The Beauty of Persecution

Acts 11:19-24
19 So then those who were scattered because of the persecution that occurred in connection with Stephen made their way to Phoenicia and Cyprus and Antioch, speaking the word to no one except to Jews alone. 20 But there were some of them, men of Cyprus and Cyrene, who came to Antioch and began speaking to the Greeks also, preaching the Lord Jesus. 21 And the hand of the Lord was with them, and a large number who believed turned to the Lord. 22 The news about them reached the ears of the church at Jerusalem, and they sent Barnabas off to Antioch. 23 Then when he arrived and witnessed the grace of God, he rejoiced and began to encourage them all with resolute heart to remain true to the Lord; 24 for he was a good man, and full of the Holy Spirit and of faith. And considerable numbers were brought to the Lord.

I’ve always wondered at the persecution of the church in these times.  I wonder if the church would have grown the way it did if it wasn’t persecuted the way it was.  Too often we see persecution as a bad thing, but that is only because we aren’t looking at the bigger picture.  Throughout the bible, we find a number of stories where persecution was how God spread His Word throughout the land.  Paul taught the Roman guard in prison, these folks were spread throughout the region, even Israel’s Babylonian exile…all were ways to spread God’s truth to unreached parts of the world.

In the U.S. today, people are complaining about the persecution of the church because the word “God” isn’t allowed in schools and the separation of church and state is in full swing.  Regardless of your opinions whether it is right or wrong, there is one thing we cannot deny: the fulfillment of prophecy.  In John 15, Jesus foretells the persecution of His followers:

20 "Remember the word that I said to you, 'A slave is not greater than his master.' If they persecuted Me, they will also persecute you; if they kept My word, they will keep yours also. 21 "But all these things they will do to you for My name's sake, because they do not know the One who sent Me.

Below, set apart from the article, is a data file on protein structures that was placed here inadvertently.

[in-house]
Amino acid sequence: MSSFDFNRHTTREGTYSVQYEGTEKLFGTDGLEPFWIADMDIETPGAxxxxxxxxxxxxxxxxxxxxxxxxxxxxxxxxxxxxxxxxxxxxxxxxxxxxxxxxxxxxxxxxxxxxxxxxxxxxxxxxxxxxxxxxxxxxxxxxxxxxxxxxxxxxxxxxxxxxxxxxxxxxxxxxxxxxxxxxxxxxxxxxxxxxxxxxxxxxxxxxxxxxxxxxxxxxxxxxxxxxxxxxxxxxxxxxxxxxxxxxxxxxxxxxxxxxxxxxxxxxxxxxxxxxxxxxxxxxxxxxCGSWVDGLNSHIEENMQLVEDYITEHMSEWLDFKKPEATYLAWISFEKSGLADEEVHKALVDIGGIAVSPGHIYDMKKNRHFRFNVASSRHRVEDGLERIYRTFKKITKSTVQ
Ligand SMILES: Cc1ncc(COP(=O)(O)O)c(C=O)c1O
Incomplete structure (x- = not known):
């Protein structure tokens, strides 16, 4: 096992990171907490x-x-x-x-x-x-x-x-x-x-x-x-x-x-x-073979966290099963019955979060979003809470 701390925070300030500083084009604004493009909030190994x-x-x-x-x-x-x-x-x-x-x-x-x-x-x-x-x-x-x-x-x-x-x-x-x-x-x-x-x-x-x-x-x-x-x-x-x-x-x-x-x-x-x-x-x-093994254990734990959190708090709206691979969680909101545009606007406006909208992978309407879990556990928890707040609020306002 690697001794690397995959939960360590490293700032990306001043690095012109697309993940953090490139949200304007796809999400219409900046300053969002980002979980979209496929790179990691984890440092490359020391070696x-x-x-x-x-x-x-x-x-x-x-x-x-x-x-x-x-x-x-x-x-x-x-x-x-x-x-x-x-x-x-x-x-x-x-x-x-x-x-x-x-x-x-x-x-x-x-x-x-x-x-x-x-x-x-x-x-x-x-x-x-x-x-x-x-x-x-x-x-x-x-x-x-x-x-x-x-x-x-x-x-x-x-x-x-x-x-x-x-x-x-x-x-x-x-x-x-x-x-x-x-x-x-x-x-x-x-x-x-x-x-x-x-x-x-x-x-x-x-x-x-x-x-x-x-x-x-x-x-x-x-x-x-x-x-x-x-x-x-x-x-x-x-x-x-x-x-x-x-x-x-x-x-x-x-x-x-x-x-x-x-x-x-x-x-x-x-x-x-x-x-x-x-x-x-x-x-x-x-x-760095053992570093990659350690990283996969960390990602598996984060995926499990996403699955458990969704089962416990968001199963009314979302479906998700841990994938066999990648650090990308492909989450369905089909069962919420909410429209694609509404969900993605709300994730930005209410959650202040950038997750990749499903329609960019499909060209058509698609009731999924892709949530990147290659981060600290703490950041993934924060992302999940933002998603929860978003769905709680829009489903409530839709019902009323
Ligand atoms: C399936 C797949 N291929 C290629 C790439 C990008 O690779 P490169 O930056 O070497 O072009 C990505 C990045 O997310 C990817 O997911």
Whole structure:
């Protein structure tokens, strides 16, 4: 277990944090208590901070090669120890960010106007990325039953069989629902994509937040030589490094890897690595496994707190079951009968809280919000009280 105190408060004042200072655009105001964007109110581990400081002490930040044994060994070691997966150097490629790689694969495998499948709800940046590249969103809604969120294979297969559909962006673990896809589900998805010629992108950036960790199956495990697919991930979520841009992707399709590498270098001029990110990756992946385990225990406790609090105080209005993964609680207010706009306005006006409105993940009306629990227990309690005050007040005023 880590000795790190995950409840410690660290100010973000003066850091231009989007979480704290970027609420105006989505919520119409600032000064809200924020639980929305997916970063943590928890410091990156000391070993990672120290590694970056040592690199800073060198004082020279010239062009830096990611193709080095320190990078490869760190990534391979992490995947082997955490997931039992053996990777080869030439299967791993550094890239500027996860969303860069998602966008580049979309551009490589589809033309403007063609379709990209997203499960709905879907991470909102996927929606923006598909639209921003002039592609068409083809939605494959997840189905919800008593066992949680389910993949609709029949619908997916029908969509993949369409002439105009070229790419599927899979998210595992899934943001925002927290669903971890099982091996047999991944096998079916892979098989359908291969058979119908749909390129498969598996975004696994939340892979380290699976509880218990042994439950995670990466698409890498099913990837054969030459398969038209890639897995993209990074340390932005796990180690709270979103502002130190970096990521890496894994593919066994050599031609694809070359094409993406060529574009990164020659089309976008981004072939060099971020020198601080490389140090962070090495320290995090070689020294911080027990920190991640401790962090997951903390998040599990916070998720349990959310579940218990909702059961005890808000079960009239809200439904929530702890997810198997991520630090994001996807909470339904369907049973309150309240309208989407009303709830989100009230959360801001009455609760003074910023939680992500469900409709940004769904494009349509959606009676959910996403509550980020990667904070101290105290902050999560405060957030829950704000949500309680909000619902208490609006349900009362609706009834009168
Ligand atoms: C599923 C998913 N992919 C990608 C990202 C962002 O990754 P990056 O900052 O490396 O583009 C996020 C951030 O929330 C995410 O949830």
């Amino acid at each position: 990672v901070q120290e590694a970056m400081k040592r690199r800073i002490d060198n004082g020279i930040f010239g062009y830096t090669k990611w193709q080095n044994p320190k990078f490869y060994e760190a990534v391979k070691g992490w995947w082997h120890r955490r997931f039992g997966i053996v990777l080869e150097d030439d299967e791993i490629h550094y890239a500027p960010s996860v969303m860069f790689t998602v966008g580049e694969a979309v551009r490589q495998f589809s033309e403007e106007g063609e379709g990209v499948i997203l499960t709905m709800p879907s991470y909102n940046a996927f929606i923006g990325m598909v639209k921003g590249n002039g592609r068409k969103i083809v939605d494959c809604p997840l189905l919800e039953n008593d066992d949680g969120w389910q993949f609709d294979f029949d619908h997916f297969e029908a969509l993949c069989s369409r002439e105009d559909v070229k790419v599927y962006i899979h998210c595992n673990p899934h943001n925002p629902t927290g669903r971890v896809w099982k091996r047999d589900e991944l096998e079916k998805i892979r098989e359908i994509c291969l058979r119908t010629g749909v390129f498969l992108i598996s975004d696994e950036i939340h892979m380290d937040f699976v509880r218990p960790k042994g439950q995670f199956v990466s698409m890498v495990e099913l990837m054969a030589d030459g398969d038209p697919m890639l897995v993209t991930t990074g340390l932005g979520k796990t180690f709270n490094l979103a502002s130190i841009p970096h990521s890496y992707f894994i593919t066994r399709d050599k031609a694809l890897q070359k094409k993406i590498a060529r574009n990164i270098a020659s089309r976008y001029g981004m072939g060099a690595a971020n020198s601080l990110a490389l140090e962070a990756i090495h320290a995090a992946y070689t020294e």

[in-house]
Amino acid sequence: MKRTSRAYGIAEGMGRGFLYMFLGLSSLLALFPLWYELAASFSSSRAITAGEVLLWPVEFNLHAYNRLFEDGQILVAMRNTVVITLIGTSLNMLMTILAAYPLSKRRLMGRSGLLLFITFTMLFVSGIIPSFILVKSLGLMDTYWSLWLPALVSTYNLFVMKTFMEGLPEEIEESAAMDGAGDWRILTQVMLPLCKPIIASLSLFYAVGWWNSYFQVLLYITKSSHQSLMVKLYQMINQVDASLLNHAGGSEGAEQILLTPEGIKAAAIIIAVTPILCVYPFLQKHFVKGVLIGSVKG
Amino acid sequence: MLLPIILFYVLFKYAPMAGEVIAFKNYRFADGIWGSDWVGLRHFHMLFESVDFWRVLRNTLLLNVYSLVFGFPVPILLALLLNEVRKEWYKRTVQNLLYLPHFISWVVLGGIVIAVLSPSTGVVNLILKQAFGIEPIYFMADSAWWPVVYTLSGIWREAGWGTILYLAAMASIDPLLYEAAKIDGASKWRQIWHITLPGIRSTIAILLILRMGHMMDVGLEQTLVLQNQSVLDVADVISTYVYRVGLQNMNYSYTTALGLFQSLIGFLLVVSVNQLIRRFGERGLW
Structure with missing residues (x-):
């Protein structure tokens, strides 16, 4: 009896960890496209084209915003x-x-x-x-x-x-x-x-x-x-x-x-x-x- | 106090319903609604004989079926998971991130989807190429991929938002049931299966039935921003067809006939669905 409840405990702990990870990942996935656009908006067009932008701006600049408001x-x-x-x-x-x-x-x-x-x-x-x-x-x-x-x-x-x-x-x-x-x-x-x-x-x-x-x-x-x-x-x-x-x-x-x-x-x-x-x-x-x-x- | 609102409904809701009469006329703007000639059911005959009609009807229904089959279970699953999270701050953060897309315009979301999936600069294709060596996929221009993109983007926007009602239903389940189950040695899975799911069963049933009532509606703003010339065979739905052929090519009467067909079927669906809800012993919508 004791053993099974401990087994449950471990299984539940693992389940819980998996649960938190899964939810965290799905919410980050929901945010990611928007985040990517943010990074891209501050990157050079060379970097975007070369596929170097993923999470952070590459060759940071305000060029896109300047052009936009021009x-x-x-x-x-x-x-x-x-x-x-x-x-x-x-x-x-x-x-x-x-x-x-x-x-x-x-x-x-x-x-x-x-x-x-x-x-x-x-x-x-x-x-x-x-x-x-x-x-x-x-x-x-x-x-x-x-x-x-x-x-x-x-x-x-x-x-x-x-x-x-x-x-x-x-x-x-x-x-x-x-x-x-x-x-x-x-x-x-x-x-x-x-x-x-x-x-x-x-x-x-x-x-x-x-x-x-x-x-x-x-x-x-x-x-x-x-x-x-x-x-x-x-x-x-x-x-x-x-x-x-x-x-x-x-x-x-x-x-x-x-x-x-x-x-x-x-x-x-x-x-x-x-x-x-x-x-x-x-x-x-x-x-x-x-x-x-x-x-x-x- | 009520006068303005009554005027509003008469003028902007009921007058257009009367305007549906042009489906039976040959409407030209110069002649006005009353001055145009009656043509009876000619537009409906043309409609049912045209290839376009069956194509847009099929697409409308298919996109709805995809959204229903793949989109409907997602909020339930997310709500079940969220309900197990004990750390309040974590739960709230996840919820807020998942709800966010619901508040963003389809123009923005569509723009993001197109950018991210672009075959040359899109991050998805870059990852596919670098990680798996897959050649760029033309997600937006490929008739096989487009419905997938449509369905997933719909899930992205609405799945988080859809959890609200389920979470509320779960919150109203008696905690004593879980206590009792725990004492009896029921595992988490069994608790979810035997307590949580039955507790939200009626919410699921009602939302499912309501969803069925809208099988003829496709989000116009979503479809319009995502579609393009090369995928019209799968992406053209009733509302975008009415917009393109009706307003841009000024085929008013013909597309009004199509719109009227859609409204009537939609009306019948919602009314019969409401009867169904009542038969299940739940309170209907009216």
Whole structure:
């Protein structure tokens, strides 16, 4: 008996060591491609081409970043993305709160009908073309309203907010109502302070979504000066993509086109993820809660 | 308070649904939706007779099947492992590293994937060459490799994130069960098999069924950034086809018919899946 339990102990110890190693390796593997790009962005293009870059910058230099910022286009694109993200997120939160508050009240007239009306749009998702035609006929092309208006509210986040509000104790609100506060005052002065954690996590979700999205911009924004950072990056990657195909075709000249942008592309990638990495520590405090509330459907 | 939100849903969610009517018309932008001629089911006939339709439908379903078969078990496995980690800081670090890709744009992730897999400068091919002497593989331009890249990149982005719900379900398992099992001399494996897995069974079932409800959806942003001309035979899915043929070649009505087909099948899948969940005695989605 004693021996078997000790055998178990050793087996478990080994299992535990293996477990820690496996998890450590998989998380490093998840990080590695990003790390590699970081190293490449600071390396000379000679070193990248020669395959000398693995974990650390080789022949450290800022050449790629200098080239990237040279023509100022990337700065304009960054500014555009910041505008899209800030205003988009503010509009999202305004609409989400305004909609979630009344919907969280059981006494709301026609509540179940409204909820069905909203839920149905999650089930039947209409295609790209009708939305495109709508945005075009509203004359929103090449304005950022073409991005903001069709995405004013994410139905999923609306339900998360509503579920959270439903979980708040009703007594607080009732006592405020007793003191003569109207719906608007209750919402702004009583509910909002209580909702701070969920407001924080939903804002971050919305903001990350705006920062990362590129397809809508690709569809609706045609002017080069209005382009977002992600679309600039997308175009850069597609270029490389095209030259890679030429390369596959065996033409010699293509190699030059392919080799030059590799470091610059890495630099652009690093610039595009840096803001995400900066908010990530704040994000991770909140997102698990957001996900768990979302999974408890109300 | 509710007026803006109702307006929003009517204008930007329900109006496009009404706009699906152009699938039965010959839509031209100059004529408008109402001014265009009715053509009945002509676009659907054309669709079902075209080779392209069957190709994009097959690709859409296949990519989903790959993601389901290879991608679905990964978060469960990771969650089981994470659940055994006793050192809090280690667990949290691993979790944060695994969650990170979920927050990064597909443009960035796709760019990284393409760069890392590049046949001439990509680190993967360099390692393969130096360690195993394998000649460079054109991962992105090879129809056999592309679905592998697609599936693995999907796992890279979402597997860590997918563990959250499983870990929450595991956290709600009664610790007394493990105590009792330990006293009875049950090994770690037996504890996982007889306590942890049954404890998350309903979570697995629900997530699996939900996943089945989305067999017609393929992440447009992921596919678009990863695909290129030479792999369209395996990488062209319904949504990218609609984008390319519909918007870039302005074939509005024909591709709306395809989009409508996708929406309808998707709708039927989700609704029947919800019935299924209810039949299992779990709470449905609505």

Yet, in Romans 8, Paul also reminds us of the good providence of God and even though we are being persecuted there is no need to worry:

28 And we know that God causes all things to work together for good to those who love God, to those who are called according to His purpose.

The persecution of Jesus’ followers resulted in considerable numbers were brought to the Lord.  Isn’t this amazing?  We get so caught up in our presentations, the level of our music on Sunday mornings, and the fluidity of our three-point sermons but was this the focus of the original church?  They were dedicated to teaching the truth to as many people as possible even if they faced opposition.  I should say, especially when they faced opposition.  When we are being persecuted and attacked, this is a good indication of how well we are doing in following God’s will.  His ways are not our ways and when we follow His ways, we cause waves in society.

While we fight for our human rights in various countries around the world, let us stop and think about the beauty of being persecuted.  10 of the 12 original disciples were killed because of their faith.  Jesus was tortured and handed a slow agonizing death.  Christians around the world are thrown in dungeons and tortured simply to make them renounce their faith.  Their faith must have been evident in their lives for this to happen to them.  It wasn’t that they just said they followed Jesus, because if it was just lip service, they would have been let go and renounced their faith immediately.  But these folks stay true to what they believe and demonstrate their faith; they don’t just talk about it.  As Richard Wurmbrand said in his book Tortured for Christ, “There is no question of the authenticity of the faith of those in the underground church.”


Are you worthy of persecution?  Are you living a life worth being hated by the world?  Persecution is a good test of our spiritual walk.  Our presence should make the worldly stand on edge because their iniquity is exposed by the light of Christ shining from us.  Just like whenever Jesus was in the presence of the Pharisees all they could do was conspire to trip Him up, ruin His testimony, and when they couldn’t do that they planned his murder.  If Jesus says the same will happen to us, then why are we still living a life free of persecution?

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